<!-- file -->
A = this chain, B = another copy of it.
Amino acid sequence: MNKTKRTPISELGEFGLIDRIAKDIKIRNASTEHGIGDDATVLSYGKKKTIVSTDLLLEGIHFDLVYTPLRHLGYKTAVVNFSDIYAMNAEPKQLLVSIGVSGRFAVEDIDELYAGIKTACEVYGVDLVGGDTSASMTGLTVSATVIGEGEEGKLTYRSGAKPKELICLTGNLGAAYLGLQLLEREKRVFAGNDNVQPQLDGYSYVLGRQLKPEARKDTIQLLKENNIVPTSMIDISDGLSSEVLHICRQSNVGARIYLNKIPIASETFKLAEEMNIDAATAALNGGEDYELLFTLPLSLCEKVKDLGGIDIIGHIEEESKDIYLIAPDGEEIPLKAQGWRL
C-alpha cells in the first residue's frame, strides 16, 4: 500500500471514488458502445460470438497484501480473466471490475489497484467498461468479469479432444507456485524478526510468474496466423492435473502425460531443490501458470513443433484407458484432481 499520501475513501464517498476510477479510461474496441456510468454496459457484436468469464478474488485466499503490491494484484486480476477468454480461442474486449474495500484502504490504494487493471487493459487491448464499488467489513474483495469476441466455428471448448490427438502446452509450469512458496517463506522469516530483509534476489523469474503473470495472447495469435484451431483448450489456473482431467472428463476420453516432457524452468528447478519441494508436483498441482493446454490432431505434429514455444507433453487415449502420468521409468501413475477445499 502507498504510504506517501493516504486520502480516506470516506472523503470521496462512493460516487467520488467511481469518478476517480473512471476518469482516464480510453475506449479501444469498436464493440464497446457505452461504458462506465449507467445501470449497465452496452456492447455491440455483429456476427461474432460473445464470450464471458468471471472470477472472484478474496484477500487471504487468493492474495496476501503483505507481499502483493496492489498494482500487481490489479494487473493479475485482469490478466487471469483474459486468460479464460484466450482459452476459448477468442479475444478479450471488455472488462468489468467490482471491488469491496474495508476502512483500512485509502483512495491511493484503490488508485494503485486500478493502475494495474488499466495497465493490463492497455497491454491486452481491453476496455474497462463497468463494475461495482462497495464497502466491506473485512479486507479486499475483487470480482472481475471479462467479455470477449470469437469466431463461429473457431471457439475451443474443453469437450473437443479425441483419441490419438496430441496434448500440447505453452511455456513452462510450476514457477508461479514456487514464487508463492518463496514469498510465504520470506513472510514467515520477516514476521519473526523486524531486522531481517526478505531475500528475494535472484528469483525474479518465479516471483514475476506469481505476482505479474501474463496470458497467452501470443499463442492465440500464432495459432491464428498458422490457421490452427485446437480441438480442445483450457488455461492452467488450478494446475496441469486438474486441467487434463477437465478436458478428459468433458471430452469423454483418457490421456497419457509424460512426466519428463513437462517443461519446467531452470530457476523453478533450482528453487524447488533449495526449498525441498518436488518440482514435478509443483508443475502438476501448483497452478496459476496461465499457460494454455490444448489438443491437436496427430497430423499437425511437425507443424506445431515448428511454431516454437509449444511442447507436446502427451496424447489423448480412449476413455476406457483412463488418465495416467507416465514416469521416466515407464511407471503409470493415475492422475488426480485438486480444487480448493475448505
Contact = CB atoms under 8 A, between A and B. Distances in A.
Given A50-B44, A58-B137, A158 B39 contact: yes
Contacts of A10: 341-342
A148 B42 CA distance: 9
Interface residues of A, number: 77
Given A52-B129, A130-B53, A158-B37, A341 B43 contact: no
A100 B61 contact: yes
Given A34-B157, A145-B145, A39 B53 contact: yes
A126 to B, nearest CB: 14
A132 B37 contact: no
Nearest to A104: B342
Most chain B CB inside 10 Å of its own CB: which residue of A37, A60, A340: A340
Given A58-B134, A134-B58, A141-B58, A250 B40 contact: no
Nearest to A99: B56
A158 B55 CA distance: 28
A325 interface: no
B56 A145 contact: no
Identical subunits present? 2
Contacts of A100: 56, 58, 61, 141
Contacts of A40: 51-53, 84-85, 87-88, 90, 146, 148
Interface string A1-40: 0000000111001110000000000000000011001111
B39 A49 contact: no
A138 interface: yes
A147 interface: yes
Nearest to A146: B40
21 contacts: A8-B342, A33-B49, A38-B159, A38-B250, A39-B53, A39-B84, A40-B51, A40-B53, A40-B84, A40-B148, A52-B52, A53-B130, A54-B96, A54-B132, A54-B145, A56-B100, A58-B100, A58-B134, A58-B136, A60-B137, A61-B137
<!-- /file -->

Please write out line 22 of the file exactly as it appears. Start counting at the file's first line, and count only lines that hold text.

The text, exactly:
Contacts of A100: 56, 58, 61, 141